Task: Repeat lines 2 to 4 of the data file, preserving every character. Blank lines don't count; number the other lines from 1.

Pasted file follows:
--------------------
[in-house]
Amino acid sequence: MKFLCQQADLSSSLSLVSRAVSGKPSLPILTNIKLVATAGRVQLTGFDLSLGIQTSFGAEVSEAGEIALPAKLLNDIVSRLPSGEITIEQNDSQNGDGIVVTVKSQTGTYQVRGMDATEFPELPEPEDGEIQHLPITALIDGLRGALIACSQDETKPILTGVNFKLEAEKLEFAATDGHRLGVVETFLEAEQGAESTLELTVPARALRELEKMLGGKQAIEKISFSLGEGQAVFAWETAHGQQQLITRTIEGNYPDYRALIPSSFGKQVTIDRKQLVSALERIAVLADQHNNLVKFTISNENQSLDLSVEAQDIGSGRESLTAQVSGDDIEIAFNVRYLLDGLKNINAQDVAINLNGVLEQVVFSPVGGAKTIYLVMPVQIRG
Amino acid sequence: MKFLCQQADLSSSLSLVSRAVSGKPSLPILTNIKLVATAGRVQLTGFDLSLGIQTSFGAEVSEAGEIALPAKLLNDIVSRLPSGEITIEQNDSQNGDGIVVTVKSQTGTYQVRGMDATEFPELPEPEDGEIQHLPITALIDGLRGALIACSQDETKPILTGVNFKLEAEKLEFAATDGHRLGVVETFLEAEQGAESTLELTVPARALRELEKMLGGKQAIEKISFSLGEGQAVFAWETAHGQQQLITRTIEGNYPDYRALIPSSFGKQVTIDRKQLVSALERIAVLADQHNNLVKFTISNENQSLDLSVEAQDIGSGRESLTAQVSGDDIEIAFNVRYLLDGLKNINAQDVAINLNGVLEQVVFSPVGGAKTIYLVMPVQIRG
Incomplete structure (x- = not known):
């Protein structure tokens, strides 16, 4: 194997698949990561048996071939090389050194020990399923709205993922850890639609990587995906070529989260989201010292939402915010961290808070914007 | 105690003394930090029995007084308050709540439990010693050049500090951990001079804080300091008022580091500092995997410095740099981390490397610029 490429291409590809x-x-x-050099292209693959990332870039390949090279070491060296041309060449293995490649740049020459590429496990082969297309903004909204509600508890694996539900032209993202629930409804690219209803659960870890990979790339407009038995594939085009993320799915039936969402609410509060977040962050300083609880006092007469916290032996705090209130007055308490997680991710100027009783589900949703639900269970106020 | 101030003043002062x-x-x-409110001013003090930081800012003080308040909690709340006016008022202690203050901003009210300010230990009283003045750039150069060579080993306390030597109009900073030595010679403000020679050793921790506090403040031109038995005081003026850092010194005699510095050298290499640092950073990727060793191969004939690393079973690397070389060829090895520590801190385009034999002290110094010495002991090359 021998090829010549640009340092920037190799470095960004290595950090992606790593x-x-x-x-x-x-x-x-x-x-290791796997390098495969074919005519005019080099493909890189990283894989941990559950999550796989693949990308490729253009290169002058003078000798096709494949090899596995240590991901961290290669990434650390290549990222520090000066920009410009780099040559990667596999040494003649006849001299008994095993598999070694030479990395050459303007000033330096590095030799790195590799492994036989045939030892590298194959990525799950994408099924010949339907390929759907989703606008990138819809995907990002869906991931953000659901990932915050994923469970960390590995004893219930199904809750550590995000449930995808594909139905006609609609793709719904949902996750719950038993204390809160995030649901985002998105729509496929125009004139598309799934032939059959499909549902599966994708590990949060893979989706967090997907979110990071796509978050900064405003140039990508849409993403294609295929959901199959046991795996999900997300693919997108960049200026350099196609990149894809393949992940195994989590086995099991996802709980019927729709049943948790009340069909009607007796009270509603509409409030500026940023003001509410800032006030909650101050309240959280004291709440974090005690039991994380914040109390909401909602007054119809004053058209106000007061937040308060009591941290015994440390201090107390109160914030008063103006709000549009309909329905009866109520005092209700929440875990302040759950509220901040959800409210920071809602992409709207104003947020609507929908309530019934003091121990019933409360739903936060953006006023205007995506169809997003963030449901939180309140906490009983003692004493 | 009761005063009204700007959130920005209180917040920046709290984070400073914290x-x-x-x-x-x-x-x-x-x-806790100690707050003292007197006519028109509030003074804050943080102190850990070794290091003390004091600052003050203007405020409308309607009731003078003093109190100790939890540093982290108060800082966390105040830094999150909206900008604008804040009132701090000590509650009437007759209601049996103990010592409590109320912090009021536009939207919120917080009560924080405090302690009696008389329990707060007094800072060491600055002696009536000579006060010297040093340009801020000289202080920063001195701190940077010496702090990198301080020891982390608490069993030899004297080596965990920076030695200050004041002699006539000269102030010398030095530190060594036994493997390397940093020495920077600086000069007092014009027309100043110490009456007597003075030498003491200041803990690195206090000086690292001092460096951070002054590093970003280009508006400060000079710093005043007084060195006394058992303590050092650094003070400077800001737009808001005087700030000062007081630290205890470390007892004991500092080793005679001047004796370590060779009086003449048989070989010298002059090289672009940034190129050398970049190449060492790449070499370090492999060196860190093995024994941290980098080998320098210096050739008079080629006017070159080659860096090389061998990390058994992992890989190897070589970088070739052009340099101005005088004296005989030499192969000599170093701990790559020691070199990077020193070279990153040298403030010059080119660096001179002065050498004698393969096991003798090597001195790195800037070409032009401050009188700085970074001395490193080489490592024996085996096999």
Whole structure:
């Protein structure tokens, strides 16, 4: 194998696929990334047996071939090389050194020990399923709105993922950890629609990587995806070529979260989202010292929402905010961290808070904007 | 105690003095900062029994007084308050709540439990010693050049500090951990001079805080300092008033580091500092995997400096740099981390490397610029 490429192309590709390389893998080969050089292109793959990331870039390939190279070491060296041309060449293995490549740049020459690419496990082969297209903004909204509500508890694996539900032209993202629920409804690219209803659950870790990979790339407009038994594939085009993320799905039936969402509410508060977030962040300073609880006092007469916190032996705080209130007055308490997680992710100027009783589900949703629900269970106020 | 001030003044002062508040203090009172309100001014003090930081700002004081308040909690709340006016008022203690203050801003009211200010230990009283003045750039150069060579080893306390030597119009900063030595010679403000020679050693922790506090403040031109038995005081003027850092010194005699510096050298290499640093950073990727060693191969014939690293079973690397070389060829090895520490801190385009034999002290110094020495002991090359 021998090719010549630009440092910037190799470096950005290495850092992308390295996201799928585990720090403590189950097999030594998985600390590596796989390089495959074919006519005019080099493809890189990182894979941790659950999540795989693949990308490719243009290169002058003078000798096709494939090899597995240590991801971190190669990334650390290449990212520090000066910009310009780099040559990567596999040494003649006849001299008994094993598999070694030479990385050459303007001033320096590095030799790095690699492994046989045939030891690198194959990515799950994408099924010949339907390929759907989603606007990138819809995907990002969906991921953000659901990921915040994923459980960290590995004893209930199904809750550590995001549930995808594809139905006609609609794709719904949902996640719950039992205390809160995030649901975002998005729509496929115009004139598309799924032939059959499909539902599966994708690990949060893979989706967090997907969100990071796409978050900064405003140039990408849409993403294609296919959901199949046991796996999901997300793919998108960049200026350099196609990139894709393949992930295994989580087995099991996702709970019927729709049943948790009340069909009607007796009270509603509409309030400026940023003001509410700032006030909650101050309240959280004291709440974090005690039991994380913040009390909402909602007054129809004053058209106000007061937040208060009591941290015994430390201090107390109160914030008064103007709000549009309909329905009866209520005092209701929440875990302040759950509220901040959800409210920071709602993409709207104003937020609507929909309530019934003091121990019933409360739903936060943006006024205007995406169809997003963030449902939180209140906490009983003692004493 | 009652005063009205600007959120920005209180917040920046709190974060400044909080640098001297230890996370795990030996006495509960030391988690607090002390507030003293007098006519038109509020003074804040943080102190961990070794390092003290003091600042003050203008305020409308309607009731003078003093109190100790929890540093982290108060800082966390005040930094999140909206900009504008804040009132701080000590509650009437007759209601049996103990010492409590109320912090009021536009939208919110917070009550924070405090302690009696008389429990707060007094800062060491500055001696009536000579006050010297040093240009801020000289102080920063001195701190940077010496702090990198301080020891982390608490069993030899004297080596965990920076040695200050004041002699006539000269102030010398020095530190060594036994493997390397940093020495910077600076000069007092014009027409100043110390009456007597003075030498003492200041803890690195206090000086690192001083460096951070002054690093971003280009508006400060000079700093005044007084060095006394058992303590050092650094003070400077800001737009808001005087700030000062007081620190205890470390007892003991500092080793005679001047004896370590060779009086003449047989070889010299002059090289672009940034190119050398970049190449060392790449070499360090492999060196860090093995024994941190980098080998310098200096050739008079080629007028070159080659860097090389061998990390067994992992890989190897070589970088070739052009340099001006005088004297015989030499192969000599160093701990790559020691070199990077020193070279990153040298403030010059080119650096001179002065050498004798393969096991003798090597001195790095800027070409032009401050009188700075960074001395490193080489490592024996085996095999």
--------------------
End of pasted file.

Amino acid sequence: MKFLCQQADLSSSLSLVSRAVSGKPSLPILTNIKLVATAGRVQLTGFDLSLGIQTSFGAEVSEAGEIALPAKLLNDIVSRLPSGEITIEQNDSQNGDGIVVTVKSQTGTYQVRGMDATEFPELPEPEDGEIQHLPITALIDGLRGALIACSQDETKPILTGVNFKLEAEKLEFAATDGHRLGVVETFLEAEQGAESTLELTVPARALRELEKMLGGKQAIEKISFSLGEGQAVFAWETAHGQQQLITRTIEGNYPDYRALIPSSFGKQVTIDRKQLVSALERIAVLADQHNNLVKFTISNENQSLDLSVEAQDIGSGRESLTAQVSGDDIEIAFNVRYLLDGLKNINAQDVAINLNGVLEQVVFSPVGGAKTIYLVMPVQIRG
Amino acid sequence: MKFLCQQADLSSSLSLVSRAVSGKPSLPILTNIKLVATAGRVQLTGFDLSLGIQTSFGAEVSEAGEIALPAKLLNDIVSRLPSGEITIEQNDSQNGDGIVVTVKSQTGTYQVRGMDATEFPELPEPEDGEIQHLPITALIDGLRGALIACSQDETKPILTGVNFKLEAEKLEFAATDGHRLGVVETFLEAEQGAESTLELTVPARALRELEKMLGGKQAIEKISFSLGEGQAVFAWETAHGQQQLITRTIEGNYPDYRALIPSSFGKQVTIDRKQLVSALERIAVLADQHNNLVKFTISNENQSLDLSVEAQDIGSGRESLTAQVSGDDIEIAFNVRYLLDGLKNINAQDVAINLNGVLEQVVFSPVGGAKTIYLVMPVQIRG
Incomplete structure (x- = not known):